You’ve grown hugely since setting up in 2017 to recently announcing your record year for 2021. How have things developed?

I think our crowdfunding campaigns over the last few years have really put savvy navvy on the map. Our first campaign went viral and within six days we had to close it down. People really understood that we are trying to do something that makes a difference for boaters out there.

After pressing a giant pause button on our plans in 2020 due to the pandemic, it’s just accelerated as lockdowns eased and it seems like everybody is buying boats, which has led to a huge boom in our user numbers globally. We launched to motorboaters in 2019, which has really taken off and today roughly 75 percent of our new users are motorboaters.

We have doubled our revenue in the last quarter of 2021 and have been smashing all our crowdfunding growth campaign targets we set for the year with hundreds of thousands of users in more than 100 different countries globally. Working directly with end-users has also enabled us to make a better product that meets the current market demand to simplify boating navigation.

What are some of your latest navigation app updates and features?

We are constantly evolving, changing and pushing new innovation based on user feedback and growing markets. We actually built our whole tech stack in such a way that we are able to make updates daily. Chart styles have recently changed, we have added a ground-breaking departure scheduler tool comparing passage times, as well as weather and tide information. Soon we’ll enable users to see 3D terrain along coastlines, making a huge difference to both safety and confidence when navigating trickier waters. By the time this goes out we’ve probably added ten more!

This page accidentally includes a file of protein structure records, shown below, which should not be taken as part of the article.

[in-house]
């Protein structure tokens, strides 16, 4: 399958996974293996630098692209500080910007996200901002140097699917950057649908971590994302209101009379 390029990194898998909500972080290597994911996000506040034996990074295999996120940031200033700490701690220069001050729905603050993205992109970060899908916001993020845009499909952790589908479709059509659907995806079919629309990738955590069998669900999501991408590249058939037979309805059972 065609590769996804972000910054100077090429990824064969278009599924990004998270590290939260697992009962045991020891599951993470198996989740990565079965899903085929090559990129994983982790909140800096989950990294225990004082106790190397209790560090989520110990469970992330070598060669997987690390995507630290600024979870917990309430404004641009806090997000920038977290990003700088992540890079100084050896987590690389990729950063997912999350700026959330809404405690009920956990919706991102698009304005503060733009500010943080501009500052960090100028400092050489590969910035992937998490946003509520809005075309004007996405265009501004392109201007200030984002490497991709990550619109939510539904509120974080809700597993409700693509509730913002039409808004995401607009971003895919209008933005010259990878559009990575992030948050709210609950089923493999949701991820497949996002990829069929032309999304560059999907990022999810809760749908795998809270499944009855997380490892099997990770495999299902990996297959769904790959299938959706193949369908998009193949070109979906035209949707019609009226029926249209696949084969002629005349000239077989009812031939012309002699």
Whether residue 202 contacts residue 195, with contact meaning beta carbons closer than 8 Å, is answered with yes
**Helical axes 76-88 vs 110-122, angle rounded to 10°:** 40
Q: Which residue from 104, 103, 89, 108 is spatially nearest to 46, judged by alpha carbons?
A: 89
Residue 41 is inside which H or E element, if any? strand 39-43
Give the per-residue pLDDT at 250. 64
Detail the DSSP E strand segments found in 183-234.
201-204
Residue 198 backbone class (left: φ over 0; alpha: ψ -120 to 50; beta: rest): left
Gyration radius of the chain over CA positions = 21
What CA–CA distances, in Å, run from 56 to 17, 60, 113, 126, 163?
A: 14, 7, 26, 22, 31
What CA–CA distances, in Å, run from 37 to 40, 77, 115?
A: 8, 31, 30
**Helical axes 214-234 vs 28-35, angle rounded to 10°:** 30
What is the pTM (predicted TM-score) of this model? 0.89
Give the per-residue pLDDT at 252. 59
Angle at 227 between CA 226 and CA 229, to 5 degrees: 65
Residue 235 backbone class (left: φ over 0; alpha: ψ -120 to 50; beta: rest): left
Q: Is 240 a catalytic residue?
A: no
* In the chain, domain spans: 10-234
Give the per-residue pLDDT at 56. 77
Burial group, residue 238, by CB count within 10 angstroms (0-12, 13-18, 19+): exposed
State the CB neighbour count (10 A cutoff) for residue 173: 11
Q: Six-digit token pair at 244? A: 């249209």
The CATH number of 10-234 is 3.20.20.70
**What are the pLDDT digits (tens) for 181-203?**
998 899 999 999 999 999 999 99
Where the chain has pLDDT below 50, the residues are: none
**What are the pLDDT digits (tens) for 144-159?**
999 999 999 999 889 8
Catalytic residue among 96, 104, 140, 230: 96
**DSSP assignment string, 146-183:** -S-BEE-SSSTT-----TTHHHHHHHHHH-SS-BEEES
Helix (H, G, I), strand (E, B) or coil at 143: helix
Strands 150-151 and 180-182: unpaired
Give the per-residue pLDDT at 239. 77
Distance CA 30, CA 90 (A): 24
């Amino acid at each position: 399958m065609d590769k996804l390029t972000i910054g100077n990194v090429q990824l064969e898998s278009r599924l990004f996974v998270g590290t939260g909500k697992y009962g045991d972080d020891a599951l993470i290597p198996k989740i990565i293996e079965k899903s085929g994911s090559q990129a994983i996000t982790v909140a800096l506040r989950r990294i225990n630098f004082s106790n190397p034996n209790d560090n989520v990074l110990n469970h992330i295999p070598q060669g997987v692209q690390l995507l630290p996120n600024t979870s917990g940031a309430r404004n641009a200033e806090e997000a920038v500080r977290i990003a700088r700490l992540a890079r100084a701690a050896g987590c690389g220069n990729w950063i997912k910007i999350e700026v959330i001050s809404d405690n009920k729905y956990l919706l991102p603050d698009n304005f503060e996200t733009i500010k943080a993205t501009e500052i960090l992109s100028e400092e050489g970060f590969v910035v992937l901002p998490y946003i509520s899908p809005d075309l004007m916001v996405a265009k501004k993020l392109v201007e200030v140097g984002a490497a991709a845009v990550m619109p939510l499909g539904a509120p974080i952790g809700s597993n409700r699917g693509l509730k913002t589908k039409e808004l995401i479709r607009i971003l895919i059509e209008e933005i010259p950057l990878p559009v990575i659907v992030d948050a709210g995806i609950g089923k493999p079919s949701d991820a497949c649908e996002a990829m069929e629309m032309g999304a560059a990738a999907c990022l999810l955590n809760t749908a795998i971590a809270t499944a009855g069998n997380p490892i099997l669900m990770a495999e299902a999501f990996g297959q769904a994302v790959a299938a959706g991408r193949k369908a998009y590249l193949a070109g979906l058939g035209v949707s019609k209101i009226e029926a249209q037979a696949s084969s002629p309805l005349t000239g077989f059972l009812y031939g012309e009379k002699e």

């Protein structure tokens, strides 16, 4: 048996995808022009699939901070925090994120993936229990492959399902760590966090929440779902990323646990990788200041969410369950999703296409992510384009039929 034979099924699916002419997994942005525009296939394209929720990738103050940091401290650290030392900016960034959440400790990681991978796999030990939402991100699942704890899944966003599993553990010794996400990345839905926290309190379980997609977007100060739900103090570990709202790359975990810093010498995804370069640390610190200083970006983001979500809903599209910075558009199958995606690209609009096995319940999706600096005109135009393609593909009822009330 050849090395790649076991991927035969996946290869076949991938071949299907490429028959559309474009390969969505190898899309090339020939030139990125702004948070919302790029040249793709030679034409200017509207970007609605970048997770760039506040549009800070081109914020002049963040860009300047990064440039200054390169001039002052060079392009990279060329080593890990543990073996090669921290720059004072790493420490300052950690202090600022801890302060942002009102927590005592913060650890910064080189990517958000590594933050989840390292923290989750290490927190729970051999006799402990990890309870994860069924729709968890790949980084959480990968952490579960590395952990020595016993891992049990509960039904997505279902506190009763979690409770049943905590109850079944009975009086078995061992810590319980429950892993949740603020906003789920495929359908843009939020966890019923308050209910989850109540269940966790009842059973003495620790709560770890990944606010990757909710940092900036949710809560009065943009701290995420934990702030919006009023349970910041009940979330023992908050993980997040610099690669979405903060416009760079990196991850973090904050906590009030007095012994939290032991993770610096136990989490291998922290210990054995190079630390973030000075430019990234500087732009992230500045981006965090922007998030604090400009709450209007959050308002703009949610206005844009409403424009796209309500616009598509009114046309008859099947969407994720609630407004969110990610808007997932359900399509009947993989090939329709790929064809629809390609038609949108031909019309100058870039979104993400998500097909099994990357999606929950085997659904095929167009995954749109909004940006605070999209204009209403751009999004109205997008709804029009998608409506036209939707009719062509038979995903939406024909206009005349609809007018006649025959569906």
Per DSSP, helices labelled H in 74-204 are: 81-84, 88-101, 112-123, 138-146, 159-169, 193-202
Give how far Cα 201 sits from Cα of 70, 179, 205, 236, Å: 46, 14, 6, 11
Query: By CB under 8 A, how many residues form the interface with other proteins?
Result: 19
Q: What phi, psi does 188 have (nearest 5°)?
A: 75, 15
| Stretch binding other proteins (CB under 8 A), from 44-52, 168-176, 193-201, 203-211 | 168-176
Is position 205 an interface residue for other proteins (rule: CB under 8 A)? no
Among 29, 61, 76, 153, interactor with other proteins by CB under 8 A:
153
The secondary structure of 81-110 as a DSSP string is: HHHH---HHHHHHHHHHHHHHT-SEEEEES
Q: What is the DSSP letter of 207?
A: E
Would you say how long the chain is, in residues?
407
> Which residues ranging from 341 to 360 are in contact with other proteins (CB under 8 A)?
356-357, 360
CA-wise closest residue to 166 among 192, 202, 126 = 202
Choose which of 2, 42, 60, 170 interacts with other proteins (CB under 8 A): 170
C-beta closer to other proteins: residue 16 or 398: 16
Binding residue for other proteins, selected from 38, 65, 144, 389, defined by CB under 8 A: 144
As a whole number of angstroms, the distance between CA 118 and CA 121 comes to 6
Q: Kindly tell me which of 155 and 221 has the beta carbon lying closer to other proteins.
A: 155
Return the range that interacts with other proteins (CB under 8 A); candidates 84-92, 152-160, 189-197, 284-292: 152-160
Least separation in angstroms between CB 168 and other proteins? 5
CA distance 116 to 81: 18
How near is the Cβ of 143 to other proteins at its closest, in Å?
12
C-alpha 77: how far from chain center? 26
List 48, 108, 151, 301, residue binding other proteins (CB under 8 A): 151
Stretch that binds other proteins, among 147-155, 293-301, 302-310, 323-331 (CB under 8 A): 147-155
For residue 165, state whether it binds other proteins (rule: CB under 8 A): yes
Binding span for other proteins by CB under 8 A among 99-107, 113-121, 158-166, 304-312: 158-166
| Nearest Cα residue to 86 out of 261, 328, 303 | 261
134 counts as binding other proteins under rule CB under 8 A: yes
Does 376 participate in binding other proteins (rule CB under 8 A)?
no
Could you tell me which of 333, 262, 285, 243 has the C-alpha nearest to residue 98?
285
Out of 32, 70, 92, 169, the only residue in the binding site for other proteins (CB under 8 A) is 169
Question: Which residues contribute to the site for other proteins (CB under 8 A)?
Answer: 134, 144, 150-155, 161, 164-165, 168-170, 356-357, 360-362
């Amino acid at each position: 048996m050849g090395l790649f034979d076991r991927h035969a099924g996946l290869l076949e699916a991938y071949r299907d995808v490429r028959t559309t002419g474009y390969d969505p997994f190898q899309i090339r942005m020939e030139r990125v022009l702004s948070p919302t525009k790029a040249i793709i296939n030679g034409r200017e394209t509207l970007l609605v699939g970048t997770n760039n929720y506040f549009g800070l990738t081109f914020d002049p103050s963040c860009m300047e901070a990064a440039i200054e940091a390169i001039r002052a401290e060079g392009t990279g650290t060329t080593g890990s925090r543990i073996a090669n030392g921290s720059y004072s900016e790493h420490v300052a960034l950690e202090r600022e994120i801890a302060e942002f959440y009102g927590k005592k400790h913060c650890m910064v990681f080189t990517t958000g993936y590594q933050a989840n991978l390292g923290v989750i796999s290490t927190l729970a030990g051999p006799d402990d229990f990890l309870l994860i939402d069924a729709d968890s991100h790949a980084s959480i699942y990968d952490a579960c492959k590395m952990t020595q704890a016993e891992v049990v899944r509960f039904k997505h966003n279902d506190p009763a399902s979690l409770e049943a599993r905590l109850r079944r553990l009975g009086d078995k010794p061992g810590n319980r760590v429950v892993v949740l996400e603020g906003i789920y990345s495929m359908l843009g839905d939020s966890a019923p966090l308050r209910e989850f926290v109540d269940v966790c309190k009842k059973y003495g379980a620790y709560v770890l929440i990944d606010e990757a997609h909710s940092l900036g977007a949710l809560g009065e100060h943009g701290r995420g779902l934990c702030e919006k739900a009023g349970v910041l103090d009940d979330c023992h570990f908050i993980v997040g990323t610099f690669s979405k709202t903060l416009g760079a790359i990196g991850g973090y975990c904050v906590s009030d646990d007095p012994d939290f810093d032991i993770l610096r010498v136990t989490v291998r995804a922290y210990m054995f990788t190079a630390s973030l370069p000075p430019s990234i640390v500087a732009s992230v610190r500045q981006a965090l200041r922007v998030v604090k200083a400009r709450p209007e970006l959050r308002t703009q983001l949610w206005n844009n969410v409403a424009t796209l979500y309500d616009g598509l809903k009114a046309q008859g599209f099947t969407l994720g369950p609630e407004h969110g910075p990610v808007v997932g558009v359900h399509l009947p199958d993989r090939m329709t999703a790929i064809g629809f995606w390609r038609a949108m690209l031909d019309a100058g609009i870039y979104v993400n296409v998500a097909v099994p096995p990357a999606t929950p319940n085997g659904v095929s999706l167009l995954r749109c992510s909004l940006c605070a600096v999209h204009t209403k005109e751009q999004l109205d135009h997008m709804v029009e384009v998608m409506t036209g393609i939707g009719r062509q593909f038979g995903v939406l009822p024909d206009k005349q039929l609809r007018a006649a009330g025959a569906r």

One of your other growth areas is partnerships. Why is this important to savvy navvy?

Anyone who wants to innovate in any industry needs partnerships. You can’t go at it alone. This year alone savvy navvy’s partnerships have increased ten-fold now covering each of its global regions, including everything from marinas, smart boat sensor products, specialist boat insurers and all-electric boat manufacturers. There are a lot of really clever things happening in boating right now – and anyone that brings innovation and ease of use and helps the boater, is someone we’re keen to collaborate with.

Jelte Liebrand, smiling, leaning over wheel.
“Heading into our fifth year, lots more is coming in 2022,” said Liebrand. Pic – savvy navvy

It sounds like a lot more is coming. What are the plans for the future?

Reflecting back, a lot has been achieved from that idea mid-Pacific in the nav station. We’re a relatively small team and it’s been very gratifying to build savvy navvy with them to where we are today.

Heading into our fifth year, lots more is coming in 2022. Exciting developments such as driving engagement, innovating and using technological advances to integrate with onboard systems like AIS and NMEA2000. More partnerships lie ahead, including work with sustainable partners, looking at options like mapping out electric charging points for electric boats of the future and much more that I can’t quite talk about yet.  But my dream of savvy navvy being in every boater’s pocket is certainly moving closer!

To find out more about savvy navvy or Jelte and his team visit You can also hear more about savvy navvy’s growth in the latest episode of their award-winning boating podcast ‘The Boating Life’ live now.